lots of fluorescent post it notes stuck on a board with positive feedback written on them

The feedback for the exhibition was amazing, we had between 450 and 500 visitors over the three days, considering this was only a small exhibition with limited publicly I think that’s rather impressive.  Ruth, Artlift and the museum itself did an amazing job organising, setting up and hosting the exhibition, I’m sure we all tremendously appreciate their efforts.

Maybe this will also be part of something more, people seemed interested in showing the exhibition in other places as an example of mindful photography, art on prescription and just beautiful photography.  I also wonder if one day I’ll have my own exhibition, I should probably sell a few more of my photos before that, but it’s good to aim high!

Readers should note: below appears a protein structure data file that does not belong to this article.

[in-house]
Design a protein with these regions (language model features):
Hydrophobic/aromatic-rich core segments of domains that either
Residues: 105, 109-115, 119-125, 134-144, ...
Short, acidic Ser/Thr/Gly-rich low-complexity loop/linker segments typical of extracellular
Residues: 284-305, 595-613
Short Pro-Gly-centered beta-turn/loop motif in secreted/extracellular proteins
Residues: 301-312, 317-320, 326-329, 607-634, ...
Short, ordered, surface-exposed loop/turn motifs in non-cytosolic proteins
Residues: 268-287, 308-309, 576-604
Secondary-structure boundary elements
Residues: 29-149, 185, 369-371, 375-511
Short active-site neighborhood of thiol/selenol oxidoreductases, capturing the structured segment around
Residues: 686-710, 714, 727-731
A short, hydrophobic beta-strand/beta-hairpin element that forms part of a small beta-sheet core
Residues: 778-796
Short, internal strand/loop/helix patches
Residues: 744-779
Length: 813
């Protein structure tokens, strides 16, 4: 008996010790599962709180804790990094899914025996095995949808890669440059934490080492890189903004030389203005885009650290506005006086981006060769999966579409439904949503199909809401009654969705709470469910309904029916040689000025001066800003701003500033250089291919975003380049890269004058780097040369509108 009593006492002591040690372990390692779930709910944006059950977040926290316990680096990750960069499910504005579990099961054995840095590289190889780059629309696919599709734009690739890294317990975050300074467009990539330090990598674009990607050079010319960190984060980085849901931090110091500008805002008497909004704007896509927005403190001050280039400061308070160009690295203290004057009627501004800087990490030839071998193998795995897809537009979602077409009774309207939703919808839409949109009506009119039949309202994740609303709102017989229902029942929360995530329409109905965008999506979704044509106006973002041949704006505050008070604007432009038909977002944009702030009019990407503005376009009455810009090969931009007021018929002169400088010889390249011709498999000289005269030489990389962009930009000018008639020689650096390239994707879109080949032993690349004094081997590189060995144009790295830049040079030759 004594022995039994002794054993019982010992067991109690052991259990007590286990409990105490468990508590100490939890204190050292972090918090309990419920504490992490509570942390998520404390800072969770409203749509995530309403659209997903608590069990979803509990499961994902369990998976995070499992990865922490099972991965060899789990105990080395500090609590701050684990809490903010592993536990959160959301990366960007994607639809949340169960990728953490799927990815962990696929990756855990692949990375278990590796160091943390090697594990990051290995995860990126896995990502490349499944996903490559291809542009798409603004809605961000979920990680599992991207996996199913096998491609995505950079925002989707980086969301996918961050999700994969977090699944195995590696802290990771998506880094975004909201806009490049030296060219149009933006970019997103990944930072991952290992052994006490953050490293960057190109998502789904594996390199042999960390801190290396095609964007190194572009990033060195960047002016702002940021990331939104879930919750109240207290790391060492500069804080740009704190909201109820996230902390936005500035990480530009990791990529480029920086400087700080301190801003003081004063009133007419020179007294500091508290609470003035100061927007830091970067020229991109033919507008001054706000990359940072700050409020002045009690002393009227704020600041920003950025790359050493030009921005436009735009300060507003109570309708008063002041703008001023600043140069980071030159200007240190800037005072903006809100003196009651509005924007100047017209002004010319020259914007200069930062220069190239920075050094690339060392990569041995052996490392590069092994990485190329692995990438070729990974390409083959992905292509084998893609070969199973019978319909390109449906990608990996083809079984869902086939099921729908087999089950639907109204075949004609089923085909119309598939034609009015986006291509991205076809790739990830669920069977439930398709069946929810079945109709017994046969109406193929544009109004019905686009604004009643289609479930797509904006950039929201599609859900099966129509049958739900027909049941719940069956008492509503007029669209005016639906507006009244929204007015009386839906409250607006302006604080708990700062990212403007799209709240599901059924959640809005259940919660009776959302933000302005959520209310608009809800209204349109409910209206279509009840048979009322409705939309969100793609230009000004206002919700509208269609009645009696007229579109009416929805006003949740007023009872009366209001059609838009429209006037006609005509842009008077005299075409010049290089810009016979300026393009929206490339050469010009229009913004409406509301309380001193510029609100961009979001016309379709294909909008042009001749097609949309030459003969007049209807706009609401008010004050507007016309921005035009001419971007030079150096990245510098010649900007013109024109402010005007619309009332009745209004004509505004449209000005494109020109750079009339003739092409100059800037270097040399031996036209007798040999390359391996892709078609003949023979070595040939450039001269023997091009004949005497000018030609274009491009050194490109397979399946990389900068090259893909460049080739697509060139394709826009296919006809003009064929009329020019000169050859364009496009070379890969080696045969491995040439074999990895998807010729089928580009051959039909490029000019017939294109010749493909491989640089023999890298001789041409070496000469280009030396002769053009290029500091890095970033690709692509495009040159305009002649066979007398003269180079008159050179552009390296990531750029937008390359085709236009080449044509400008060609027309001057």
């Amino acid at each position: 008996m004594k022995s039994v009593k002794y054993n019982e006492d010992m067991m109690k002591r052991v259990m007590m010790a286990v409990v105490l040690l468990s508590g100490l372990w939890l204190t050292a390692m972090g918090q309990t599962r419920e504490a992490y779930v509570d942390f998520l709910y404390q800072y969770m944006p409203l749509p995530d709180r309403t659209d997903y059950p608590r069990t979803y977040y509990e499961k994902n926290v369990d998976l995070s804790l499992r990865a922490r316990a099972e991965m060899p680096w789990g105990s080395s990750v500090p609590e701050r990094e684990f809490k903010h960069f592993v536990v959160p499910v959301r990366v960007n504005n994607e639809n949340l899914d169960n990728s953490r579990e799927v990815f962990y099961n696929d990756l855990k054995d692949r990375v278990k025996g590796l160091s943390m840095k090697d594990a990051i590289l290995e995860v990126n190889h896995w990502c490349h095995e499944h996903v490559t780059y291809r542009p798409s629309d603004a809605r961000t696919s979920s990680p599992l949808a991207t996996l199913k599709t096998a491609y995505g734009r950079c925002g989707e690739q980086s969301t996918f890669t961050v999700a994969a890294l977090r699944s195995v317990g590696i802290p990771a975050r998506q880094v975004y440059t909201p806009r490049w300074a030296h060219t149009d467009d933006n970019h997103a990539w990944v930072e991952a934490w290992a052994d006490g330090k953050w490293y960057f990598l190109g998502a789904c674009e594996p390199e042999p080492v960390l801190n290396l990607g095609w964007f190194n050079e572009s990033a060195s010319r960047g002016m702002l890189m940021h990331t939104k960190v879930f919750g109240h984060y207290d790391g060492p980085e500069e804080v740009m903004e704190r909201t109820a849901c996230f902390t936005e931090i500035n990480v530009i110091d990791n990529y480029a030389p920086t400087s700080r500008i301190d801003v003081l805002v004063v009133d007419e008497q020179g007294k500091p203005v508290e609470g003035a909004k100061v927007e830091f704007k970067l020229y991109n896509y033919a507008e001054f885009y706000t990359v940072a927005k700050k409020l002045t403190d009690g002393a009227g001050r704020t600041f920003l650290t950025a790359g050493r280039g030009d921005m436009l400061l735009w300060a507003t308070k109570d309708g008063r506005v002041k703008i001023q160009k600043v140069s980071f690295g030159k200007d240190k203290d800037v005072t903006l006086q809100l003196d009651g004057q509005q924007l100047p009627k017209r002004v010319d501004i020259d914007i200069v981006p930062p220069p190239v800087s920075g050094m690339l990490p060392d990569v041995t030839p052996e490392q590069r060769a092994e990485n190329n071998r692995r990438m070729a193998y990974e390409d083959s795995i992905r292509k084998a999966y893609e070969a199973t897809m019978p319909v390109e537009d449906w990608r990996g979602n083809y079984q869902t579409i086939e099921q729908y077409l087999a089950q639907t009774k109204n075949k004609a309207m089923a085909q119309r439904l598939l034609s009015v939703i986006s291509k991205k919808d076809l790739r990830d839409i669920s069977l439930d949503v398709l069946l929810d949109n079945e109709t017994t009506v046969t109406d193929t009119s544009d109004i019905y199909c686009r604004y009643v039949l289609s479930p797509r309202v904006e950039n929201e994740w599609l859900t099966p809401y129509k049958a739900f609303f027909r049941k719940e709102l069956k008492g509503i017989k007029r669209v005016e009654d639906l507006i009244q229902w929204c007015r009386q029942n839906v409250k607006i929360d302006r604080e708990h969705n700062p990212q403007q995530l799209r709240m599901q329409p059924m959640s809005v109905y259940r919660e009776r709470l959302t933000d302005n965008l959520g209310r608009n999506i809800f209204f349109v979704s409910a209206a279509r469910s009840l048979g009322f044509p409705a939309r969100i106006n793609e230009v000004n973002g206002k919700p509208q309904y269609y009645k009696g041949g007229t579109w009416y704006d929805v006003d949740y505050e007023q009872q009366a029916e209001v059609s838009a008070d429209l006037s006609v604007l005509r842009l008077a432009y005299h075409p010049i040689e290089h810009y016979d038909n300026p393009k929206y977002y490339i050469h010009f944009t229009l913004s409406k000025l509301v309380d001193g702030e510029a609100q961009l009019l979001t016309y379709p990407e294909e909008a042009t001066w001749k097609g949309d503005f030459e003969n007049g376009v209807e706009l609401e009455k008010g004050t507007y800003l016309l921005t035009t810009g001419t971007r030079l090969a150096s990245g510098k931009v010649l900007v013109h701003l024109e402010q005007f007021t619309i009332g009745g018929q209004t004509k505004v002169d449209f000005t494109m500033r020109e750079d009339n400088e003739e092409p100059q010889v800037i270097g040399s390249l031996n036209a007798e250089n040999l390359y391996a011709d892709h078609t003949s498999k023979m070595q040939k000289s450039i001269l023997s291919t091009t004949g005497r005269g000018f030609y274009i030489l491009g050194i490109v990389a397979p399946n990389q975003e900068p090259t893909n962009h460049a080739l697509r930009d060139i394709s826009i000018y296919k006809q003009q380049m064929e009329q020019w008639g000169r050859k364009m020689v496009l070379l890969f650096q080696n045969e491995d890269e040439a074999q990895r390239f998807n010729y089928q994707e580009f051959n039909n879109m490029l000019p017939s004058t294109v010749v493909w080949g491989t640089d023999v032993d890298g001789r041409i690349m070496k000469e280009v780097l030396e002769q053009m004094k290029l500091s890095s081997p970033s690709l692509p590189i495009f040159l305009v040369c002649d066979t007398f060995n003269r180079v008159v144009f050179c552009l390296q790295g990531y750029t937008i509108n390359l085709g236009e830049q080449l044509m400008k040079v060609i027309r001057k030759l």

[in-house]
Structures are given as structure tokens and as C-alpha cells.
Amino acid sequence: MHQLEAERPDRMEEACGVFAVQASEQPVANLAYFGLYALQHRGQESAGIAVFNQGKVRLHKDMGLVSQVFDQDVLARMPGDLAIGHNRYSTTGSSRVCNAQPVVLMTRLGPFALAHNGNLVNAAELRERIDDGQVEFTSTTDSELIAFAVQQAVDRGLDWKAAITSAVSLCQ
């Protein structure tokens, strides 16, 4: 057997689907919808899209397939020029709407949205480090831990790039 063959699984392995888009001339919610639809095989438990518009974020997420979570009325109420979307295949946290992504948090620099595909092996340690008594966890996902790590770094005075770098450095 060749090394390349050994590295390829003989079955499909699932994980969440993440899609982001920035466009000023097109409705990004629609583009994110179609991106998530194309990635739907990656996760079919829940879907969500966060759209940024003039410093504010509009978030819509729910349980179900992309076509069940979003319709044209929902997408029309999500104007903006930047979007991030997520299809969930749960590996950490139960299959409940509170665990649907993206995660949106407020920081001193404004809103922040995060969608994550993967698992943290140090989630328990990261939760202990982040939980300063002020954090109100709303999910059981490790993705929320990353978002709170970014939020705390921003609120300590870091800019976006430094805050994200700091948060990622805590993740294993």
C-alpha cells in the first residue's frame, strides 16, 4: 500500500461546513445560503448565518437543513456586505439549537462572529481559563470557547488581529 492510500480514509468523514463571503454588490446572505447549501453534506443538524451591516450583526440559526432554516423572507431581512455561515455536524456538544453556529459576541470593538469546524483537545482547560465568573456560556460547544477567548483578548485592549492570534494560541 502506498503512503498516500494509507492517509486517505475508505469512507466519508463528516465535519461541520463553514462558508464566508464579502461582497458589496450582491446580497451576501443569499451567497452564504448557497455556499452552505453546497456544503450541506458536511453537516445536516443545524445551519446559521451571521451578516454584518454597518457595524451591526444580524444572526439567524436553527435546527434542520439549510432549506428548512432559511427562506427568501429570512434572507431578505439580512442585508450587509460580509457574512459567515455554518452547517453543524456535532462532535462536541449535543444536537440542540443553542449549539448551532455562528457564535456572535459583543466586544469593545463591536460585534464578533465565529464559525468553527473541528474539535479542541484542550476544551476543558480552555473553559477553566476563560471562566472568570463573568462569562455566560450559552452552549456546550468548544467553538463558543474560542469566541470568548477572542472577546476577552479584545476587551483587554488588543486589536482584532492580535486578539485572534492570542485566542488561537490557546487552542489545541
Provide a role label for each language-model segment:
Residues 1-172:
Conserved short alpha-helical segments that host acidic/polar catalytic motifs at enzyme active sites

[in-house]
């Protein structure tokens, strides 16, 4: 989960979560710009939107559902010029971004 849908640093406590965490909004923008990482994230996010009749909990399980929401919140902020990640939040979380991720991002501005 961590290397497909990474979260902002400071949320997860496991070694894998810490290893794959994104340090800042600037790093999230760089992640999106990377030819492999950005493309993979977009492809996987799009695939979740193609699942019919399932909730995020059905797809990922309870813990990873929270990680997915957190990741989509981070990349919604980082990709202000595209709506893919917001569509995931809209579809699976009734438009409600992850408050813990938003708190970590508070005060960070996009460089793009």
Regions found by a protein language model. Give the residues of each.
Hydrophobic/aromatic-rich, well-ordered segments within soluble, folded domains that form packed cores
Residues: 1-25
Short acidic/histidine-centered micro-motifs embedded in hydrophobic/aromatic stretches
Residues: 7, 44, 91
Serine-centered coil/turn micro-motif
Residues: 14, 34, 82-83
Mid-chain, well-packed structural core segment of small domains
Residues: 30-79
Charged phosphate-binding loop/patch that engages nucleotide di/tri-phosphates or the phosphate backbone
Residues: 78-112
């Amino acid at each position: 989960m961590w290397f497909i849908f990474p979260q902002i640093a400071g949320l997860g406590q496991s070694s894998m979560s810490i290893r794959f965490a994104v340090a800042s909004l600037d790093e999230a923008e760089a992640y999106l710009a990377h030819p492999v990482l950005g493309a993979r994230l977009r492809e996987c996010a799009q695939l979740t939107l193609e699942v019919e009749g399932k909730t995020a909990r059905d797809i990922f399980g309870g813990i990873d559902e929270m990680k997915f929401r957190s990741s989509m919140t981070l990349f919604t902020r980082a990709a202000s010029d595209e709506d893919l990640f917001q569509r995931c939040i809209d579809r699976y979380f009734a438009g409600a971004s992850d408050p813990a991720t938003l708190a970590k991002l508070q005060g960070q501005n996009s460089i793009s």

I really hope to stay in touch with some of my classmates, two I already have contact details for and I’m hoping some of the others will join a photography group we have discussed starting up.  Friends aren’t always easy to find and this group of people already have a special place in my heart, they are all special and unique people who have gone through, and are still going through, many hardships and difficult times.

The mindful photography course I attended is hosted by the charity Artlift and all you need to do to take part is to live in Gloucestershire and get a referral from some form of healthcare professional.  Ruth Davey is the facilitator (teacher) and the course is held at The Museum in the Park, Stroud.  I’d strongly recommend this course to anyone, from amateur to professional, some people used phones or tablets, others compact or DSLR cameras, all of which produced excellent results.